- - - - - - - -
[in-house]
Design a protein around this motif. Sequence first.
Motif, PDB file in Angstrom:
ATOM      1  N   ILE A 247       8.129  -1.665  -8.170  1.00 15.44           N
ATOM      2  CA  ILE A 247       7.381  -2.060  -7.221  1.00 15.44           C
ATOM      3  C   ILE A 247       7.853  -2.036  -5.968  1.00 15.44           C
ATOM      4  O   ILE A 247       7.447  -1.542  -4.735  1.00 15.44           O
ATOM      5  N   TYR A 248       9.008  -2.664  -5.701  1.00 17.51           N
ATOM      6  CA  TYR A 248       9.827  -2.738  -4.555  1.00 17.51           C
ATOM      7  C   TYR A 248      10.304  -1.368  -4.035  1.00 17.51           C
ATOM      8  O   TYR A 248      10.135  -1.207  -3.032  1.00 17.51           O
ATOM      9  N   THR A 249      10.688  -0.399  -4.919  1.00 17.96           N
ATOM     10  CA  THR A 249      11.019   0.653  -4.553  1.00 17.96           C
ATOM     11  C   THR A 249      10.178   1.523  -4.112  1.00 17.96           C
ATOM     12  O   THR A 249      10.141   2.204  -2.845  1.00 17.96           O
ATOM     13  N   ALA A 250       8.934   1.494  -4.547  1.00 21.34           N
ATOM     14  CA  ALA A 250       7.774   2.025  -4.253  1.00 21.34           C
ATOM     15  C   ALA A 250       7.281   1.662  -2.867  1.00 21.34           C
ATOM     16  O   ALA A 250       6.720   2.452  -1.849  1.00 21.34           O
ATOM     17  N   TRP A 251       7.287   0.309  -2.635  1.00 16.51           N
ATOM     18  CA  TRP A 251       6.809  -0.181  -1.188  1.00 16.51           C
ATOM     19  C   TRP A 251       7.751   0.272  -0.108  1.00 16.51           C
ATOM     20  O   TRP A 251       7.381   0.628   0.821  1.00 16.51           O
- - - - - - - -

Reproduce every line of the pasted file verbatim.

[in-house]
Design a protein around this motif. Sequence first.
Motif, PDB file in Angstrom:
ATOM      1  N   ILE A 247       8.129  -1.665  -8.170  1.00 15.44           N
ATOM      2  CA  ILE A 247       7.381  -2.060  -7.221  1.00 15.44           C
ATOM      3  C   ILE A 247       7.853  -2.036  -5.968  1.00 15.44           C
ATOM      4  O   ILE A 247       7.447  -1.542  -4.735  1.00 15.44           O
ATOM      5  N   TYR A 248       9.008  -2.664  -5.701  1.00 17.51           N
ATOM      6  CA  TYR A 248       9.827  -2.738  -4.555  1.00 17.51           C
ATOM      7  C   TYR A 248      10.304  -1.368  -4.035  1.00 17.51           C
ATOM      8  O   TYR A 248      10.135  -1.207  -3.032  1.00 17.51           O
ATOM      9  N   THR A 249      10.688  -0.399  -4.919  1.00 17.96           N
ATOM     10  CA  THR A 249      11.019   0.653  -4.553  1.00 17.96           C
ATOM     11  C   THR A 249      10.178   1.523  -4.112  1.00 17.96           C
ATOM     12  O   THR A 249      10.141   2.204  -2.845  1.00 17.96           O
ATOM     13  N   ALA A 250       8.934   1.494  -4.547  1.00 21.34           N
ATOM     14  CA  ALA A 250       7.774   2.025  -4.253  1.00 21.34           C
ATOM     15  C   ALA A 250       7.281   1.662  -2.867  1.00 21.34           C
ATOM     16  O   ALA A 250       6.720   2.452  -1.849  1.00 21.34           O
ATOM     17  N   TRP A 251       7.287   0.309  -2.635  1.00 16.51           N
ATOM     18  CA  TRP A 251       6.809  -0.181  -1.188  1.00 16.51           C
ATOM     19  C   TRP A 251       7.751   0.272  -0.108  1.00 16.51           C
ATOM     20  O   TRP A 251       7.381   0.628   0.821  1.00 16.51           O